Local prep stars found few rewards at in-state colleges

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                </div>A high school athlete that wants to have a college career at a school that is close to home makes an easy target for in-state recruiters. If it’s a school […]<!-- AddThis Sharing Buttons below -->
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A high school athlete that wants to have a college career at a school that is close to home makes an easy target for in-state recruiters.

If it’s a school that is coming off some down years, the recruiter’s pitch will certainly include an appeal to the athlete’s ego, presenting the local opportunity as a challenge to take the lead in a high-profile rebuilding effort.   It’s a hard emotional sell that more-often-than-not works.

Sometimes it works to the benefit of both the school and the athlete.  Sometimes, it doesn’t work out as planned – and the player finishes an otherwise stellar career stuck on a team that goes nowhere.  And that means little or no major exposure for the athlete, who never gets to enjoy the rewards of championships or post-season play.

Two of Arizona’s top prep athletes just wrapped up basketball careers at different in-state universities, but with the same disappointing result.  They both hoped to be the catalyst for reviving moribund programs, but found it took more than any one person could accomplish.

Davellyn Whyte was selected as the Gatorade Arizona Player of the Year in her senior year at St. Mary’s High School, a Catholic school in downtown Phoenix.  Amy Patton was the Gatorade Arizona Player of the Year during her junior year at McClintock High School in Tempe.

Each had prep careers that were worthy of a second look from major-college recruiters.

Patton was perhaps the most elite women’s basketball prospect to ever fall into the recruiting nets at NAU.  She averaged 31 points and 14 rebounds during her four years at McClintock and was named The Arizona Republic’s Player of the Year as a senior.

Whyte led her St. Mary’s team to a state championship as a freshman and a runner-up finish as a senior.  She was named the Region Player of the Year her last three seasons, and was a three-time All-State pick.

Both went on to set scoring records in college – but only Whyte ever made it to the post-season.  One time.  Her Arizona Wildcats won 20 games but were passed over for an invitation to the NCAA Tournament her sophomore year, playing instead in the WNIT; every other year the program posted a losing season.

Patton wasn’t so lucky.  She never got to enjoy the rewards of a winning season at the Flagstaff school; three of the four seasons, the Lumberjacks didn’t even reach double-digit wins.  A change in head coaches her final year didn’t make much difference as the Jacks closed out this season 8-21.

The former high school stars just couldn’t pull their respective schools out of the malaise that each had fallen into over recent years.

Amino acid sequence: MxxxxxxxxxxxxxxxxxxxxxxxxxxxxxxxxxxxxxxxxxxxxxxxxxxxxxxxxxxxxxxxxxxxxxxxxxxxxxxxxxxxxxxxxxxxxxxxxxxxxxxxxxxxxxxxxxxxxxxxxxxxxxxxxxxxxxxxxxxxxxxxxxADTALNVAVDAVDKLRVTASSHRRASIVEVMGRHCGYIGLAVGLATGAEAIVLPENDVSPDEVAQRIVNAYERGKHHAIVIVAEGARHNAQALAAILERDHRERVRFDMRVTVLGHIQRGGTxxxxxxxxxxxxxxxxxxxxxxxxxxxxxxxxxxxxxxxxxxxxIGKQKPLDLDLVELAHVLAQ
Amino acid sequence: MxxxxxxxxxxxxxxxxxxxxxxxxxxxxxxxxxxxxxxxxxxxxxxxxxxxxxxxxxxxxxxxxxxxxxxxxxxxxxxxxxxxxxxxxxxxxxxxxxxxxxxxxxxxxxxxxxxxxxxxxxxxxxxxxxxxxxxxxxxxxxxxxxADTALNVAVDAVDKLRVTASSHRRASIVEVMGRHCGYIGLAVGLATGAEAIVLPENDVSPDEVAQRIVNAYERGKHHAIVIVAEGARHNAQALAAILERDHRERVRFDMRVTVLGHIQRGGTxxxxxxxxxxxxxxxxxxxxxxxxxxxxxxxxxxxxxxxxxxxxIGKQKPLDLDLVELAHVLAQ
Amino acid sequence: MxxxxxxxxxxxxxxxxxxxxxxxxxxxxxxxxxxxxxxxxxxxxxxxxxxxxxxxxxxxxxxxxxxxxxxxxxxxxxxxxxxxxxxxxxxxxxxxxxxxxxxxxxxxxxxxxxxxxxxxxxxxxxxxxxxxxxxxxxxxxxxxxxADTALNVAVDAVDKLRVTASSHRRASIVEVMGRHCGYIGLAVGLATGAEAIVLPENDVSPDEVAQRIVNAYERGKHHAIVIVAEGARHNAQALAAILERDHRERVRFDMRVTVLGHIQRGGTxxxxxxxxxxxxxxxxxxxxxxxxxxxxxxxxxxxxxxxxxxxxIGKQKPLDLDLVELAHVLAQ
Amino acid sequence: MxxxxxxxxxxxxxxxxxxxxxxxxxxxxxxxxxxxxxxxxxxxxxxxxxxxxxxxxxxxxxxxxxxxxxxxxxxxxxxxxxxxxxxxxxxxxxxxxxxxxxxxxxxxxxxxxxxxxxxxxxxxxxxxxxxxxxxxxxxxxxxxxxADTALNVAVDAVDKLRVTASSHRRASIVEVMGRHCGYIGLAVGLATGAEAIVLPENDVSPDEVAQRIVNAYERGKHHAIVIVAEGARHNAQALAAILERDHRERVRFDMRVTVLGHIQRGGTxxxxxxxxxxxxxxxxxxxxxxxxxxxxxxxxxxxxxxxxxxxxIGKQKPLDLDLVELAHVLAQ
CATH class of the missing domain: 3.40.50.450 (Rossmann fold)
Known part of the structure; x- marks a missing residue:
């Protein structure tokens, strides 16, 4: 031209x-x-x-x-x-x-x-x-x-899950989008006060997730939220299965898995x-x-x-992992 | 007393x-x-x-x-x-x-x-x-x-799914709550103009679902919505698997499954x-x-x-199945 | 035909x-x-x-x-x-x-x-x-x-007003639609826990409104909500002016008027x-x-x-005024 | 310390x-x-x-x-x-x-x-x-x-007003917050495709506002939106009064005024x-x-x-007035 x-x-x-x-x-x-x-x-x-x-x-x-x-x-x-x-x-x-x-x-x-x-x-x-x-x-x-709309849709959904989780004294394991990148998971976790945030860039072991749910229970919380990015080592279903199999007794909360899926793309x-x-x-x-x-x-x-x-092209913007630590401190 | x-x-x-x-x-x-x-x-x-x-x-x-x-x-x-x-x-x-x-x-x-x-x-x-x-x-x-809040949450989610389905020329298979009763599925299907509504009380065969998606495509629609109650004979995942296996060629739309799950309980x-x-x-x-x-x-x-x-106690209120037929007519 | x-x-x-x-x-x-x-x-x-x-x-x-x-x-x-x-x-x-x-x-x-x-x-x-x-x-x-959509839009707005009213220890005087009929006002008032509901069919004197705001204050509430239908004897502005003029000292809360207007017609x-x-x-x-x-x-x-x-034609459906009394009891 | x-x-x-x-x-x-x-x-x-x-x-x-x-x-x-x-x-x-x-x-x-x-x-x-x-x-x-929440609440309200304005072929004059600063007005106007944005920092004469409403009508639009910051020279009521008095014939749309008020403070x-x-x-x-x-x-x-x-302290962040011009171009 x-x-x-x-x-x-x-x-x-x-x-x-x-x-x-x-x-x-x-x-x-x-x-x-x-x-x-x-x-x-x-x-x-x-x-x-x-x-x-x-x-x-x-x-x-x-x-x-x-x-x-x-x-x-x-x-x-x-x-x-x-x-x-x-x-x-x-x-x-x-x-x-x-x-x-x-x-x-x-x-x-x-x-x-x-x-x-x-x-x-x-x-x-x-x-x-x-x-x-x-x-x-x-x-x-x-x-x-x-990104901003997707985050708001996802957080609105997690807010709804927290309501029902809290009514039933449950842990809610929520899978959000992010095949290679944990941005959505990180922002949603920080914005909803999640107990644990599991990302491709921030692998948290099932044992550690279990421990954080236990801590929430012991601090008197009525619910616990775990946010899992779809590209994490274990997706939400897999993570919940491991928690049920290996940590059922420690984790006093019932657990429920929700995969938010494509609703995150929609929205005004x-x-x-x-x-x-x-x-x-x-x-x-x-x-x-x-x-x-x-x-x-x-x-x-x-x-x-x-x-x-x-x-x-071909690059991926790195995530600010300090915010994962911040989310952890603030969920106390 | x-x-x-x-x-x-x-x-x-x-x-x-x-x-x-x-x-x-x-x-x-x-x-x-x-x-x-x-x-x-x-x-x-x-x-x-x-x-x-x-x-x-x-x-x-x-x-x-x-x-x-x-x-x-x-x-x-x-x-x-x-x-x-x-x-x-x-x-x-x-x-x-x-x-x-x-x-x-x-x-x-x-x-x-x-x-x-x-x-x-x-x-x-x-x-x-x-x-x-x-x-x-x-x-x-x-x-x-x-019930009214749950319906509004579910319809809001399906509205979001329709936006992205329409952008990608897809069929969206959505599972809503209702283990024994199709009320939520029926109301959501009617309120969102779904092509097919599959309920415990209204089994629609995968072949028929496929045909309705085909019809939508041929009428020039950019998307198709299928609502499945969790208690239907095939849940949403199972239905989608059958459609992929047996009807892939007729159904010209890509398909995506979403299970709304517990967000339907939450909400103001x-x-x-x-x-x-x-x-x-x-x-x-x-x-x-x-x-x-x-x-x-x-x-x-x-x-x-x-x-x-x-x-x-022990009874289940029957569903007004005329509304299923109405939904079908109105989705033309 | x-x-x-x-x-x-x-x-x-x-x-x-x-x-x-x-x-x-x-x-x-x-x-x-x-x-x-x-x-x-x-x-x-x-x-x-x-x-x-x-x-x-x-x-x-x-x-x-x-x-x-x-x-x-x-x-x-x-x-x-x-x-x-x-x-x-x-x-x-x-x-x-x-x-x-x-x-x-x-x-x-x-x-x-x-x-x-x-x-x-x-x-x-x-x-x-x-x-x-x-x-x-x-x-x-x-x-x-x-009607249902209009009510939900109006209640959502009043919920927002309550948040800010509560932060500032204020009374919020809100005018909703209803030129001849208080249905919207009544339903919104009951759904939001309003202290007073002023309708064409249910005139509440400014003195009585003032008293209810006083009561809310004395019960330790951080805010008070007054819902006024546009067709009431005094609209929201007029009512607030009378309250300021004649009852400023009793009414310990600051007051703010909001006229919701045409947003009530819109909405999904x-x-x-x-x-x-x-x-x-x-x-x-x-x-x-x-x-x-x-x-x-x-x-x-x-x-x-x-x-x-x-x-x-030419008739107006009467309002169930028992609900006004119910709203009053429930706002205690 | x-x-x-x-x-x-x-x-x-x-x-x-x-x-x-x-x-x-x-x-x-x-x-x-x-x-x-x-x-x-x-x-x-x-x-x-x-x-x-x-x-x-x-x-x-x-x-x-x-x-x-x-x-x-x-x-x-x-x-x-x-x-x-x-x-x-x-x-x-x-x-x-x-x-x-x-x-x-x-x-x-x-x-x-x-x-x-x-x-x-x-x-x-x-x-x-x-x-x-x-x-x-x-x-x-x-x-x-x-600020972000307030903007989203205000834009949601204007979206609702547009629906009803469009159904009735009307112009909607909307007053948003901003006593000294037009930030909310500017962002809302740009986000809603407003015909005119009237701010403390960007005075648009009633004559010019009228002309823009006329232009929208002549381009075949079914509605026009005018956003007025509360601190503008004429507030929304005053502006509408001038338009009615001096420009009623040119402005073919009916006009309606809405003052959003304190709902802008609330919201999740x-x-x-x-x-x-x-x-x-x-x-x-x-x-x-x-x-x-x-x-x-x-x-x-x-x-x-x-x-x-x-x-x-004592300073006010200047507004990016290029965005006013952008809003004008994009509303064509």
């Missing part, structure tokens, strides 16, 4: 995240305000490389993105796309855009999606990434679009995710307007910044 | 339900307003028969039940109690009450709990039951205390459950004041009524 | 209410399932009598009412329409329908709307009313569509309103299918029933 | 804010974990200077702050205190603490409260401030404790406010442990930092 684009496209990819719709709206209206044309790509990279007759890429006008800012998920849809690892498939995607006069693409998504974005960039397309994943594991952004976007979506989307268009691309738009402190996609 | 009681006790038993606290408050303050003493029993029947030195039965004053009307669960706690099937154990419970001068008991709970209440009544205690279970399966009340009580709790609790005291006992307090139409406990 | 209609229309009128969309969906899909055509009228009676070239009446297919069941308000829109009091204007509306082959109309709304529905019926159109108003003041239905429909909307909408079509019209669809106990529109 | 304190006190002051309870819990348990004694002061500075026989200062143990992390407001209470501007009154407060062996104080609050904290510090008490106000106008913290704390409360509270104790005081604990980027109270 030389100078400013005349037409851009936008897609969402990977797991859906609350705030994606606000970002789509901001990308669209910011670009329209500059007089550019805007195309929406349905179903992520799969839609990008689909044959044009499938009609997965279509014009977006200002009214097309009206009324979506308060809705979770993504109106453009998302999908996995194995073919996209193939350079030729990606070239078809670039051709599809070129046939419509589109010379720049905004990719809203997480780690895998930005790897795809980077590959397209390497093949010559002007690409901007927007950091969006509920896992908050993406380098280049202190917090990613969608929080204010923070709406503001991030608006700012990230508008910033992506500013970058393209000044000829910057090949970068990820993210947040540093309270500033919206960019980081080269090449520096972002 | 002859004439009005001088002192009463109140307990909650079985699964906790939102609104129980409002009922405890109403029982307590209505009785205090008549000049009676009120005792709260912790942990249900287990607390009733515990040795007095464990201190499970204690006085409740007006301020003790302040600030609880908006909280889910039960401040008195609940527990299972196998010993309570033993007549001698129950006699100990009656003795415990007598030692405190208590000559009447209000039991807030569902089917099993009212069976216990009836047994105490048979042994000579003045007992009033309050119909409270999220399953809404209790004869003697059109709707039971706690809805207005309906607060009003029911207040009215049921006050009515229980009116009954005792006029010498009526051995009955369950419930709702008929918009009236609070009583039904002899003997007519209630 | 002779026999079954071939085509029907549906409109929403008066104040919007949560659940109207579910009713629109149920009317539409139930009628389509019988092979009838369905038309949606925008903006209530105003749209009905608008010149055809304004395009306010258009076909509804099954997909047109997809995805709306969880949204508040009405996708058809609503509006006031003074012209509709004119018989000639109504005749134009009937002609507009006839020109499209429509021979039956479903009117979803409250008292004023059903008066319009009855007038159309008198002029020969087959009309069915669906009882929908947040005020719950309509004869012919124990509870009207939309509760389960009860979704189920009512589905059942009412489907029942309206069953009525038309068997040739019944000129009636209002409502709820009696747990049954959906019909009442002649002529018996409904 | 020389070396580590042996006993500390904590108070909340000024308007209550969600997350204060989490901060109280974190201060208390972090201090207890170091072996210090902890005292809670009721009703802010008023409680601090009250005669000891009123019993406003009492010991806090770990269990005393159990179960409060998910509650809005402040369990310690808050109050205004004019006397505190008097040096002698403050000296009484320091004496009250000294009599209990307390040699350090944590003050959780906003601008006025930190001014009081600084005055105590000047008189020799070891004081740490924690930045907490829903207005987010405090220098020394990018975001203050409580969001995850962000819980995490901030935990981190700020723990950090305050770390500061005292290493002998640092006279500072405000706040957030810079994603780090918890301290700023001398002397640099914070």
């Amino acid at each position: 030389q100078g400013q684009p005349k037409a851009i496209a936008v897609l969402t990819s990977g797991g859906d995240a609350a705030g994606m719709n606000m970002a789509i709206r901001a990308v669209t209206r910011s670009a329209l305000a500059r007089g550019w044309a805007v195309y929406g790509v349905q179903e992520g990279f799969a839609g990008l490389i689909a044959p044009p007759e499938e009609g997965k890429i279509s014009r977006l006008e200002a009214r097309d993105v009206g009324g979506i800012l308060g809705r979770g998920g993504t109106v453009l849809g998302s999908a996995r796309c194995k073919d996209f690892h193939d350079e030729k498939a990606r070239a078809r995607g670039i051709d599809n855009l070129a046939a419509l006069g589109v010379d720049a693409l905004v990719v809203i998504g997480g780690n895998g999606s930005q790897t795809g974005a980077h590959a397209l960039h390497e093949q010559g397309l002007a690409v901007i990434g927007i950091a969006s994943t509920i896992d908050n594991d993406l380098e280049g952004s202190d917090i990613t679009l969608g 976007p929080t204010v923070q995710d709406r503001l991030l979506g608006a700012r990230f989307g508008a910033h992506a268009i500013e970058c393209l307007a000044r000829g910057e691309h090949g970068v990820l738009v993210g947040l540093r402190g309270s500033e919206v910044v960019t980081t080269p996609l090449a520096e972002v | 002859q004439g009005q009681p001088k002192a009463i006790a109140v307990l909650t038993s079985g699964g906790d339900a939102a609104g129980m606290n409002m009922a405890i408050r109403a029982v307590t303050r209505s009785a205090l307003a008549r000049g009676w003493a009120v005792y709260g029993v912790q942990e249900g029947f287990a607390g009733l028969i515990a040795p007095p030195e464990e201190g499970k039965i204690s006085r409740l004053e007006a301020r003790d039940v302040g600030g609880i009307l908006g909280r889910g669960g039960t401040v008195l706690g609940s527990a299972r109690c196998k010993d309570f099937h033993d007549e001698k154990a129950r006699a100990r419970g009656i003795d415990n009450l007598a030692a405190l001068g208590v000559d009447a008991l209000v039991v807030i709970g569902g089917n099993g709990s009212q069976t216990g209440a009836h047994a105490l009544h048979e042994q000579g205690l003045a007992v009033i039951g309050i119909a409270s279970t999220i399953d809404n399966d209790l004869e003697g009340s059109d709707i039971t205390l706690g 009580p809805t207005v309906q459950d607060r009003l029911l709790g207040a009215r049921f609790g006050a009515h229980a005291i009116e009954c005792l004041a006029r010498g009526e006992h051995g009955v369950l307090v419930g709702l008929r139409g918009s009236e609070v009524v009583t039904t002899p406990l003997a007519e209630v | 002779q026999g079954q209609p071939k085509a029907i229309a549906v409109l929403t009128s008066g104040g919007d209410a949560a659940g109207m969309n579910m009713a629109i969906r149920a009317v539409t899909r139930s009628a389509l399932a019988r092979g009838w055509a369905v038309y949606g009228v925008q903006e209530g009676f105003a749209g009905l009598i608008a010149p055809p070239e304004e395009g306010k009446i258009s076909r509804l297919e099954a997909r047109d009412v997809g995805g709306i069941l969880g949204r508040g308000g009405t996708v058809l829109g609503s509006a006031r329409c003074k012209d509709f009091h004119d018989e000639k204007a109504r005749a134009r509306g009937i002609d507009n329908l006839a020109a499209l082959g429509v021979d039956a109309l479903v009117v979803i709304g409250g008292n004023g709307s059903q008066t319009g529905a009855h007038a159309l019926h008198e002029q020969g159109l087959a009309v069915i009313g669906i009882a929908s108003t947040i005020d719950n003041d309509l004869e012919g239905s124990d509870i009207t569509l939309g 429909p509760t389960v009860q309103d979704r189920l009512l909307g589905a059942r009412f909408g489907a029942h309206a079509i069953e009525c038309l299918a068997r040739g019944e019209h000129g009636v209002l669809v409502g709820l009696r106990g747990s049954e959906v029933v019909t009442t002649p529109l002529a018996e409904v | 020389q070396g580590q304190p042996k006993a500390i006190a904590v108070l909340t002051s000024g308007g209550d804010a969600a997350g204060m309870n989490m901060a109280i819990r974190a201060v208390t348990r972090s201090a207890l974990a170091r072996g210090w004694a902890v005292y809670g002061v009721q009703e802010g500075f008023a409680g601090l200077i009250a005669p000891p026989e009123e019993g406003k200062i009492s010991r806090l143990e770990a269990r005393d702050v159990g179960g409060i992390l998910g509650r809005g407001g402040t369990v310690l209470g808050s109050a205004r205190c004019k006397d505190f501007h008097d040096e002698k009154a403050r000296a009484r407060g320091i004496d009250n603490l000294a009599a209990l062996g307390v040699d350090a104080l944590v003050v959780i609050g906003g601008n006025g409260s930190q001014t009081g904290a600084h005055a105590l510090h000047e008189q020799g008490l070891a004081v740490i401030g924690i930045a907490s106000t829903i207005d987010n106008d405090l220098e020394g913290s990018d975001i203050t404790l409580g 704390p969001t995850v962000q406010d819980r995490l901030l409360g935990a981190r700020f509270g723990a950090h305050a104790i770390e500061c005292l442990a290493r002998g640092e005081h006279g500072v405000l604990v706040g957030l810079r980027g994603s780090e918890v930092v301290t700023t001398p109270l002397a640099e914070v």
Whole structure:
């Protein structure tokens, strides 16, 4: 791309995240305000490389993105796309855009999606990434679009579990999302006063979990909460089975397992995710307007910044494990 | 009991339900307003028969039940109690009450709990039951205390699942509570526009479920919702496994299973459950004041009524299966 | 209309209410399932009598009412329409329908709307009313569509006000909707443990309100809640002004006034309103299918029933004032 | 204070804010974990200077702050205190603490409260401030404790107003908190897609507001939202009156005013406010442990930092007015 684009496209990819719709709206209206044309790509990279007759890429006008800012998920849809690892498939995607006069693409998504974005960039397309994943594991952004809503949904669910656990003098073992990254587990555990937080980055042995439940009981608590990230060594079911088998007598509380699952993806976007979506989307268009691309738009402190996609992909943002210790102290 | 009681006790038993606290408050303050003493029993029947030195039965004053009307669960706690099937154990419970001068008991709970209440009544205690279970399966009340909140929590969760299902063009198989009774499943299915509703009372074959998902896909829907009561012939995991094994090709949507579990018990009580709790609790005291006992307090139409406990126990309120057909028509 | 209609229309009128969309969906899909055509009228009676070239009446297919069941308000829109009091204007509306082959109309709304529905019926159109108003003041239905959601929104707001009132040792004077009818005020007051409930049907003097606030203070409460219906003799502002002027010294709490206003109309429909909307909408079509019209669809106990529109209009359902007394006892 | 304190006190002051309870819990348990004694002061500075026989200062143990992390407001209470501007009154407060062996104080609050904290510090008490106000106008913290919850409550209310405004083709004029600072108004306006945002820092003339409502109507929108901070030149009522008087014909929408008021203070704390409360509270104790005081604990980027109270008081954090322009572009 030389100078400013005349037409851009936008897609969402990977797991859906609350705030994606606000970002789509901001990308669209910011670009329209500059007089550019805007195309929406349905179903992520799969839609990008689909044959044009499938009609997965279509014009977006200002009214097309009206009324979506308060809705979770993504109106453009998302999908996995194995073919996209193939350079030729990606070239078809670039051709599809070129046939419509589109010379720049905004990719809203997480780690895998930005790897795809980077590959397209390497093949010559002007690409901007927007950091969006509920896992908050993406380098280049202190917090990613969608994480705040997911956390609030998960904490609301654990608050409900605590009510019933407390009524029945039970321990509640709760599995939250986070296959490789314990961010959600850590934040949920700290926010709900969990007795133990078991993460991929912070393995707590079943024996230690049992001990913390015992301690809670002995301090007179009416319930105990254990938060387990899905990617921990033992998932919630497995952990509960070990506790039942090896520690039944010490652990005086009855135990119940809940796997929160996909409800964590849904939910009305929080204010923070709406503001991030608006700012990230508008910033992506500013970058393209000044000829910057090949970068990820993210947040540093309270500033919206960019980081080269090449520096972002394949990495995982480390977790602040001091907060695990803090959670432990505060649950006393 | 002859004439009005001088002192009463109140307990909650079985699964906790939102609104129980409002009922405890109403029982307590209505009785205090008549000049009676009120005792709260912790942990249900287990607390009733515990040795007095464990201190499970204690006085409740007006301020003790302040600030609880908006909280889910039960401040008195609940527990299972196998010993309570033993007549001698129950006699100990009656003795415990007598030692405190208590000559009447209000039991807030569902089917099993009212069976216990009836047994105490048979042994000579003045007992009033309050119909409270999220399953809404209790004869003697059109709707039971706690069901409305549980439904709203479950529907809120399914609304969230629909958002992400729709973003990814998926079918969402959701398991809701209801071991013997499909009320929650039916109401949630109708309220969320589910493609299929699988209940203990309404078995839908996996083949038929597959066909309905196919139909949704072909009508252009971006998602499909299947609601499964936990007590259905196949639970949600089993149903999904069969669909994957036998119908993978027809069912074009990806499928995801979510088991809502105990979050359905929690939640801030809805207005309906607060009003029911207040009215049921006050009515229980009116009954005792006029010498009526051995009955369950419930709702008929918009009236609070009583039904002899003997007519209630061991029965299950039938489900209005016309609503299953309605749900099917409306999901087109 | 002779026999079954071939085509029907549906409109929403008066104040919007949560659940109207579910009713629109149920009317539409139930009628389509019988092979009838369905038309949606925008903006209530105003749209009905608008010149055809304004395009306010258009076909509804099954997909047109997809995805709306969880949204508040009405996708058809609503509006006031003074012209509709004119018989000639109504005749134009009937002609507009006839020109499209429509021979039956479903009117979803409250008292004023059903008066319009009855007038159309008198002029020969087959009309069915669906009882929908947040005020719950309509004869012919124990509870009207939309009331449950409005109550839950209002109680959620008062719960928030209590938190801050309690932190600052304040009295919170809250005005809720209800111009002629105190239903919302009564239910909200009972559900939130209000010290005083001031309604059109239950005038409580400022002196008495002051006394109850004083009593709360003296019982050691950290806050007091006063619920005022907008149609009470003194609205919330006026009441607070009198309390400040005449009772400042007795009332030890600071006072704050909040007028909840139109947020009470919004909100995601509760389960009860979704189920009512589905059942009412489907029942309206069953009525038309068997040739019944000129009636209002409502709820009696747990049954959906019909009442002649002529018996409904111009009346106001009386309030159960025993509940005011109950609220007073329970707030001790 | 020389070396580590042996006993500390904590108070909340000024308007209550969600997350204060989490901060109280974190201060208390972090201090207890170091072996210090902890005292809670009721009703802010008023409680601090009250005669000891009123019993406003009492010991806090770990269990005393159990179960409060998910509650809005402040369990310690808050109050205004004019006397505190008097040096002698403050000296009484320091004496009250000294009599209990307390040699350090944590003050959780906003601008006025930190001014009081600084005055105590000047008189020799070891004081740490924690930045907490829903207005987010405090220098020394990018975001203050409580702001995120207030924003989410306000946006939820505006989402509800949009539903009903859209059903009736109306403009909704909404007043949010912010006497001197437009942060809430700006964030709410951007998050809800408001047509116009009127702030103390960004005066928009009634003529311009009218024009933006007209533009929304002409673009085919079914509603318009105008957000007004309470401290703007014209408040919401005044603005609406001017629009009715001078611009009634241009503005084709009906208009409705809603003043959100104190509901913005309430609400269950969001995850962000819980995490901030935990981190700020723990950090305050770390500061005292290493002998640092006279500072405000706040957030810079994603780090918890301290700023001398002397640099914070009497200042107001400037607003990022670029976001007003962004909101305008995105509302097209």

But it wasn’t for a lack of trying.

Patton, a 5’10 guard, led the team in points, rebounds, assists, steals, and minutes played since her sophomore season.  Her freshman year she was named the Big Sky Conference Freshman of the Year.  That was also the year she broke a 25-year-old school record for single-season scoring with 539 points.

This season she was the bright spot in yet another disappointing season as she led the Big Sky Conference in scoring all the way through the 2012-13 schedule.  She finished her senior season with 17.2 points a game – two points per game better than any other player in the conference.

She also used her final campaign to shatter NAU’s all-time scoring record.  And her 1,938 career points puts her fifth in Big Sky history.

The new school records she set include rebounds (831), field goals made (738), and a tie for 3-point goals made (193).  She recorded three of the five highest-scoring single seasons in program history; she went off for 41 points in a game against Bradley in November (which tied the Big Sky record).

For her senior finale, she posted eight games with 20 or more points and three games with 30 or more, and had 24 games of double-digit scoring.

And, while Patton was busy re-writing the record books up in Flag, Whyte set about doing the same thing down in the Old Pueblo.

The 5’11” guard topped the 2,000-point summit during her four years with the Wildcat program.  Her 2,059 career points are the second-highest in program history.

She played in 126 games while wearing the red and blue, and scored in double figures in 100 of those games.  She scored 20 or more points in 35 games and 30 or more in five.

And she was a starter in every one of those 126 games.  The 4,243 minutes she contributed to the failed turnaround effort are more than any other player in the history of the Arizona women’s basketball program.

She also recorded the first triple-double in program history this year when she scored 31 points, pulled down 16 boards, and threw in 10 assists for as complete a game as one can play.  Many consider her to be the best all-around women’s player to ever step onto the court in McKale Center.

For Whyte, this may not be the end of basketball.  She has always had her sights on playing in the WNBA.

In a couple of weeks she will know whether that dream will be realized.  The 2013 WNBA Draft is scheduled for April 15.

Maybe she’ll find a spot on a team that can take her dreams beyond what she was able to realize in Tucson.